When mixed properly, seven inch singles are supposed to sound superior to LPs. This is because the record is spinning at 45 RPM instead of 33 1/3. The faster spin of the record causes the recording stylus to cover more space over the same amount of time, meaning the analog audio is much less compressed. However, in the 1960s, there was an unfortunate trade off between quality & consumerism. Old singles were mixed to play on cheaper turntables because the biggest consumers were children & teenagers. Most didn’t own state-of-the-art stereo systems, but instead, had small, portable battery powered players, with internal speakers. I found that the sound was very mixed very flatly, because the engineers in no doubt mixed the music for small, tinny-sounding speakers. When I put it on, there were quite a few pops & hisses, but that’s what you’d expect. The record is forty-eight years old & has been played countless times. I’m not worried about it at all. I think it adds to the listening experience. Despite the loss of audio quality in the mix, the record seems to play louder than any of my albums do. I can hear it play louder when I turn the volume down. I need to do some more research on this, but I’m guessing it’s because the stylus vibrates more intensely with the faster spin.

 

Final Thoughts:
This record was given to me as a gift & I absolutely love it. It’s a song I’ve always wanted on vinyl & now I finally have it. The record is wonderfully complex & I can only continue to praise Brian Wilson for his genius efforts & for his contributions to modern music. If you want to pick up a vinyl copy of “Good Vibrations,” they’re all over eBay & in used record shops. Look carefully & make sure you get something in good shape. There are plenty that aren’t.

 

*They’re cool instruments. Seriously. You play them by waving your hands between two antennae, which changes the pitch & volume. See one in action.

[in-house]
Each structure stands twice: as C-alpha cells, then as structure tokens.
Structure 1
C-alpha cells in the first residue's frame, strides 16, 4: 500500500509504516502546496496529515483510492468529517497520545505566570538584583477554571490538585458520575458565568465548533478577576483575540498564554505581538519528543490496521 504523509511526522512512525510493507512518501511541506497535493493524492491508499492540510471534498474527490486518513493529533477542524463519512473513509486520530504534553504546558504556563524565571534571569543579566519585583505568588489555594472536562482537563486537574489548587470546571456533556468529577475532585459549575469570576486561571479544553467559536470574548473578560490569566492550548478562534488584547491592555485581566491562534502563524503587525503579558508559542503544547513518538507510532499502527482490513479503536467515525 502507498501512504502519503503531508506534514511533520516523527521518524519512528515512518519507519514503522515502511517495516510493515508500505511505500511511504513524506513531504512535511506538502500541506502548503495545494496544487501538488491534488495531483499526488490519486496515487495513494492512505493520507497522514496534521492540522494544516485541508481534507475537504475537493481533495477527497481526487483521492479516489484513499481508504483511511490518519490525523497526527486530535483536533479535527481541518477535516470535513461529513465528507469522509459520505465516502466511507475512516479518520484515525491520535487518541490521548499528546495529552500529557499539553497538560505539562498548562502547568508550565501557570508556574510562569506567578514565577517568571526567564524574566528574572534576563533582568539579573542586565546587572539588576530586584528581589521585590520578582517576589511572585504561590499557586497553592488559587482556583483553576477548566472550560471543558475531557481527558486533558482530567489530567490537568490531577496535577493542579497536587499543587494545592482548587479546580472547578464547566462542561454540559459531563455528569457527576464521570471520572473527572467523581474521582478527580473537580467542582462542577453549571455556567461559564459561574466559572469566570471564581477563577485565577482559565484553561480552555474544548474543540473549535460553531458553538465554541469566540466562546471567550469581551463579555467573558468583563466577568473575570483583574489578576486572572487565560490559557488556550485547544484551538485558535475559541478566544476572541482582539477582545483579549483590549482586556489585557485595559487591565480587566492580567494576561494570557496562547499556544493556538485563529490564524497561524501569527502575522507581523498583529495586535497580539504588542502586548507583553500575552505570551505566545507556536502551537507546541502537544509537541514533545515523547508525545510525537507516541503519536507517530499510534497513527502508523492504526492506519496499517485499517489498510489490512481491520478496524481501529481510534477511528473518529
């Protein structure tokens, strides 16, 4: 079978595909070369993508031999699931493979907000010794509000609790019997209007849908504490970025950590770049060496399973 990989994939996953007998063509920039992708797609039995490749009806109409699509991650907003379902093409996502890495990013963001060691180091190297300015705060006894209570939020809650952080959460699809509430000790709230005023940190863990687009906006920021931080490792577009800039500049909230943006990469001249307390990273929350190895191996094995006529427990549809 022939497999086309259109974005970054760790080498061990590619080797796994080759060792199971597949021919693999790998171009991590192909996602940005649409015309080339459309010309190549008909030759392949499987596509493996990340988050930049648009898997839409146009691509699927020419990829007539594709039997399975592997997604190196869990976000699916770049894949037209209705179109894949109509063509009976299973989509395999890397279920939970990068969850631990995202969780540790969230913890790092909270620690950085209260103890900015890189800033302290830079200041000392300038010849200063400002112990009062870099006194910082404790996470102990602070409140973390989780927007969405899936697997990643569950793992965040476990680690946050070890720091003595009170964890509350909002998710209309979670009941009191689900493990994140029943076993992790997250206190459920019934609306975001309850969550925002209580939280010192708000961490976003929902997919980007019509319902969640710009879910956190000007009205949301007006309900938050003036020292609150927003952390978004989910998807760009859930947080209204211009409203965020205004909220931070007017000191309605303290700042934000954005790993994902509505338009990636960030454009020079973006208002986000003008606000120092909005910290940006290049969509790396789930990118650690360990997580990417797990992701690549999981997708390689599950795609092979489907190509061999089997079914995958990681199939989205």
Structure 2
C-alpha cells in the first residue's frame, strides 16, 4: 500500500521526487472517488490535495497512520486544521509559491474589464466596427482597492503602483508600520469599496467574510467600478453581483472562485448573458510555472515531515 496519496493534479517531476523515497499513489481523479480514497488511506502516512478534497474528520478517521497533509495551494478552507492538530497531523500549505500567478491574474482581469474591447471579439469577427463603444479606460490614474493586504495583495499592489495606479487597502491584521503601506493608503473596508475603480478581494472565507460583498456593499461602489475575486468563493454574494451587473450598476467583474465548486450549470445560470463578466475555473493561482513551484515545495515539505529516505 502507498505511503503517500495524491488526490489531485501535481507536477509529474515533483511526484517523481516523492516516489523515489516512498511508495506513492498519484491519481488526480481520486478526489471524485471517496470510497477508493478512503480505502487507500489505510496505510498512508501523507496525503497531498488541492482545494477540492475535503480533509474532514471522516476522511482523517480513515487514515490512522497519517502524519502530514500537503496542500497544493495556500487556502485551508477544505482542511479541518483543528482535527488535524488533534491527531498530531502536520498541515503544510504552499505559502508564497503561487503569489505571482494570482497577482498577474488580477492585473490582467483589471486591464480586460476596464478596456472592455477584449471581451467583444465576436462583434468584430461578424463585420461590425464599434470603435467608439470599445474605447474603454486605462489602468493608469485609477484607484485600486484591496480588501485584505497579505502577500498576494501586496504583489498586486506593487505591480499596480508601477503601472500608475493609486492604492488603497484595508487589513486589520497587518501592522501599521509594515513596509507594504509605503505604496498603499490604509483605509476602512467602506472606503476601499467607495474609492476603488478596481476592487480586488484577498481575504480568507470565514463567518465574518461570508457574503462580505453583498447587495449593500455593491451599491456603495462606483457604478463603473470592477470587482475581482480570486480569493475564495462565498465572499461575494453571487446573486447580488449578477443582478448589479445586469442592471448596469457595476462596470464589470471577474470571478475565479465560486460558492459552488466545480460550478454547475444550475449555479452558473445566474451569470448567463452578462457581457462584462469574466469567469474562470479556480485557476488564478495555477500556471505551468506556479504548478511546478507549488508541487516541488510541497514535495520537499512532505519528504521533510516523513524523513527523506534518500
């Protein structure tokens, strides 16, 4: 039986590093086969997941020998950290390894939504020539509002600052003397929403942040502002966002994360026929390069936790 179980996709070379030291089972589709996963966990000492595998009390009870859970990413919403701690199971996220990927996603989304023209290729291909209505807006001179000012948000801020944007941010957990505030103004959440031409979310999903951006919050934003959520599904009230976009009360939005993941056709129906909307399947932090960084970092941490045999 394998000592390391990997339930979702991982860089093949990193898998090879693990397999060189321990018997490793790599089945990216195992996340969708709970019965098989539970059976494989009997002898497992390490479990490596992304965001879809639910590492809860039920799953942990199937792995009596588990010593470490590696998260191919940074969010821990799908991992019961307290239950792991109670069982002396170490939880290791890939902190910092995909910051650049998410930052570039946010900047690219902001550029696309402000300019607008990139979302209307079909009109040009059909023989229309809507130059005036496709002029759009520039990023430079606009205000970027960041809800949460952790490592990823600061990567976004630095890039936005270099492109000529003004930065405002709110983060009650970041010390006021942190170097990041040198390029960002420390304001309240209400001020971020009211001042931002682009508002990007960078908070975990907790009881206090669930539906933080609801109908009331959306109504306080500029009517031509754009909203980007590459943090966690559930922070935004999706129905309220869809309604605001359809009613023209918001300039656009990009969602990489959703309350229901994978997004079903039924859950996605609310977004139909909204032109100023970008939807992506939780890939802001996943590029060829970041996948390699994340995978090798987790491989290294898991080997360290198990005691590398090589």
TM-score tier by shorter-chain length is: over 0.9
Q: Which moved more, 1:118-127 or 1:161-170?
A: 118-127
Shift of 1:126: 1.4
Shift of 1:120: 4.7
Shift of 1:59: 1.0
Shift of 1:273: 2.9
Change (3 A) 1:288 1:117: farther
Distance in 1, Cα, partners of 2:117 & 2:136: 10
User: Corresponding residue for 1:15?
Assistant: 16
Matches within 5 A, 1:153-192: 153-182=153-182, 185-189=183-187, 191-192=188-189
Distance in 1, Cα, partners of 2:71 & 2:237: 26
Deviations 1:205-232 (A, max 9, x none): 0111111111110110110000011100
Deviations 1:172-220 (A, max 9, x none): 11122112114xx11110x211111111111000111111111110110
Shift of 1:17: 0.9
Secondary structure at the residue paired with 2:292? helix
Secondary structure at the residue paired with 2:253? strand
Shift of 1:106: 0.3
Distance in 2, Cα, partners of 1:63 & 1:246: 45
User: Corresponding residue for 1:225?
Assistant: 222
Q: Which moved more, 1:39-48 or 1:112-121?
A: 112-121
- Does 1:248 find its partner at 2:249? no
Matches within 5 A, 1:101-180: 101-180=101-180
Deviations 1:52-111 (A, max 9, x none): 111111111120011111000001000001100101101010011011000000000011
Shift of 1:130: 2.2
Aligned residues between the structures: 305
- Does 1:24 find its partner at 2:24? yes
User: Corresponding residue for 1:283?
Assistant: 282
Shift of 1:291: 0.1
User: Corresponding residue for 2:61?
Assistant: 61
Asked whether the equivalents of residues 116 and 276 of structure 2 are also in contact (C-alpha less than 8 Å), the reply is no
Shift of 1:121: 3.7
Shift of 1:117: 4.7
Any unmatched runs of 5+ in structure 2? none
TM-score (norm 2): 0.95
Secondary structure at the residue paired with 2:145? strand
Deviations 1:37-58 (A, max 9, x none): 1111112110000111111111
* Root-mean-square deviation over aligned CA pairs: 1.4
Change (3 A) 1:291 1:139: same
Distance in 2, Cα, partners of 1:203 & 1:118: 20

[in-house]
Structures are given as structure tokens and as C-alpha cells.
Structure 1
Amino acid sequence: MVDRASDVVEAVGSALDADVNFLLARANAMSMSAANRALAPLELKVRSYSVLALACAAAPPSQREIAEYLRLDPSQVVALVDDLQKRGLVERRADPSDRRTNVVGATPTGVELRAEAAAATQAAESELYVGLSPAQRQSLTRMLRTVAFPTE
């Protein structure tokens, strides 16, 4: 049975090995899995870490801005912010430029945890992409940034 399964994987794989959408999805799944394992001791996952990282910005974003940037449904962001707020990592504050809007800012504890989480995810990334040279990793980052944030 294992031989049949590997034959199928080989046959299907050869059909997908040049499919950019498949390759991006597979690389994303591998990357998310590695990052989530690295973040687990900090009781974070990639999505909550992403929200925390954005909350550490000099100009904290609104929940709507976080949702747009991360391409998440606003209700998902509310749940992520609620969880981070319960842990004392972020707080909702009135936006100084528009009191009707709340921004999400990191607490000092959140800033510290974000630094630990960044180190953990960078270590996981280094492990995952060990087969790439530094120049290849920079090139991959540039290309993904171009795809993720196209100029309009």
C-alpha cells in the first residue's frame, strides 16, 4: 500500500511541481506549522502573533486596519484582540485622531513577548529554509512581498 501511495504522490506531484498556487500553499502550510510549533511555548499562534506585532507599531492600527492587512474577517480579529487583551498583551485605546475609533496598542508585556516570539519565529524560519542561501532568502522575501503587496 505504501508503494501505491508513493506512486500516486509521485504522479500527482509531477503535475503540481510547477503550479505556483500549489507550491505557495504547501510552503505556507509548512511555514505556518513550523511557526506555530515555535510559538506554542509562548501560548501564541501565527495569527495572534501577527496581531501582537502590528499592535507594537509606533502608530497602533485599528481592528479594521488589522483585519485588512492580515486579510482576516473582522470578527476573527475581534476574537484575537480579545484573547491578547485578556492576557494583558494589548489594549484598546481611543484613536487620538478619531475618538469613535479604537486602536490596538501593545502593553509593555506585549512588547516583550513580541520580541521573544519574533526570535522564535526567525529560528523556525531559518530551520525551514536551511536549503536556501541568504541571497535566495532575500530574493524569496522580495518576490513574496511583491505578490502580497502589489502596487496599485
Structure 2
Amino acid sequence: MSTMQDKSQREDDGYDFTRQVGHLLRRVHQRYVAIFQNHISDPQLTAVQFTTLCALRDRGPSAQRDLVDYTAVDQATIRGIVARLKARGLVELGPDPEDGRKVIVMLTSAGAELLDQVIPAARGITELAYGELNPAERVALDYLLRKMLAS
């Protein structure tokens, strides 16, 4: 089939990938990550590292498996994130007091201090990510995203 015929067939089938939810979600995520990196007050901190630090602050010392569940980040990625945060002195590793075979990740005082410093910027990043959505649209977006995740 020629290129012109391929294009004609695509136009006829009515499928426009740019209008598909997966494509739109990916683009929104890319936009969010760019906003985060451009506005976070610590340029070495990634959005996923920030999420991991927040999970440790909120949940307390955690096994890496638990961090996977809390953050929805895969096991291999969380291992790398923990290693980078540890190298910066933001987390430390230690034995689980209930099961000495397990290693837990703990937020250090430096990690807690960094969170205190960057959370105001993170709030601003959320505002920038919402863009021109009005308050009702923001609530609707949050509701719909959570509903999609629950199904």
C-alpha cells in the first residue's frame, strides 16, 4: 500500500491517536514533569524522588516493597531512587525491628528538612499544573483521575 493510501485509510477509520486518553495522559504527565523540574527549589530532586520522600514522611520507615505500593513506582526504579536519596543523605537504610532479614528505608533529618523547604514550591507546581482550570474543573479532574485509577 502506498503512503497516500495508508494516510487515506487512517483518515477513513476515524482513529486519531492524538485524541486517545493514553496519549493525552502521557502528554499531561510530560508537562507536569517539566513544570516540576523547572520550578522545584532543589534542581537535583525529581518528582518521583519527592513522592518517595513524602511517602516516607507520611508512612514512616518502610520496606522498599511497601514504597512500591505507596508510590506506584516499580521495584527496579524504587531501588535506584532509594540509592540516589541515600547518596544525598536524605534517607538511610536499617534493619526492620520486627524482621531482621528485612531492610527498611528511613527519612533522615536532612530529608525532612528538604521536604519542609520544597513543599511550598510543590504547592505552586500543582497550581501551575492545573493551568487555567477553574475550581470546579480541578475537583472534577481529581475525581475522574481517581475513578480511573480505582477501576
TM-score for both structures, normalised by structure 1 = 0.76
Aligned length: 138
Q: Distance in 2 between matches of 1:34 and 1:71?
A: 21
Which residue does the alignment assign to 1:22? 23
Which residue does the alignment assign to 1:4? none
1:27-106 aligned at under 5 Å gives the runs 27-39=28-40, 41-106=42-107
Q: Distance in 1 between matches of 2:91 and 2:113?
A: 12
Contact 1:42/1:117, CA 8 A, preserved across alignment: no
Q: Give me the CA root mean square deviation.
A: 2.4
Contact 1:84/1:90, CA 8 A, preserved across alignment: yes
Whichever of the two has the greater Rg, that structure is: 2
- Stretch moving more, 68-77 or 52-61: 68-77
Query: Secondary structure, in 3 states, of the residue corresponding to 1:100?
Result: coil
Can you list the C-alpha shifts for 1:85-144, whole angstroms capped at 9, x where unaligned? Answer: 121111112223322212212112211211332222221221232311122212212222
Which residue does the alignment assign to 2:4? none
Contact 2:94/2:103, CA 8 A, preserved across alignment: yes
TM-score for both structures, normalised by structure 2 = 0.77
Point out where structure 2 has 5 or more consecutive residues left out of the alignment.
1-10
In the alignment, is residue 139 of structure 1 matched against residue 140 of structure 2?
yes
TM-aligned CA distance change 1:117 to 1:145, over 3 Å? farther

** Take a look at the chart in this NPR article, taken from an episode of the “All Things Considered” radio show, which breaks down the costs of making a Rihanna record. NPR calculated that from brainstorming to promotion & release, it costs $1,078,000 to make a her hit single. Let’s say Rihanna record in 1966. Putting out a single would have cost about $148,700. Now, in order to compare the two recording costs, we need to subtract the cost of promotion, because Brian Wilson’s bill of $50,000 was for recording & musician fees, only. Rihanna’s promotion is about a million dollars in today’s money & in 1966, her promotion would’ve been $138,000. So after making the subtractions, we’re left with $10,800 in 1966 money. That’s about a fifth as much. Still, that’s assuming that Wilson used songwriters & producers. He didn’t; he did those things himself. Except for studio musicians, Capitol didn’t even need spend money to hire outside the company & they still spent FIVE times as much on recording. I’d say they were pretty invested in the project.

***The record’s run time is 3:39, which doesn’t seem too long now, but in those days, it was. Singles were about 1:30 to 2:30. It’s so long that the run-out groove is too short for my tone arm. I have to turn the auto-stop off because the tone arm hits its stop point just before the song starts its fadeout.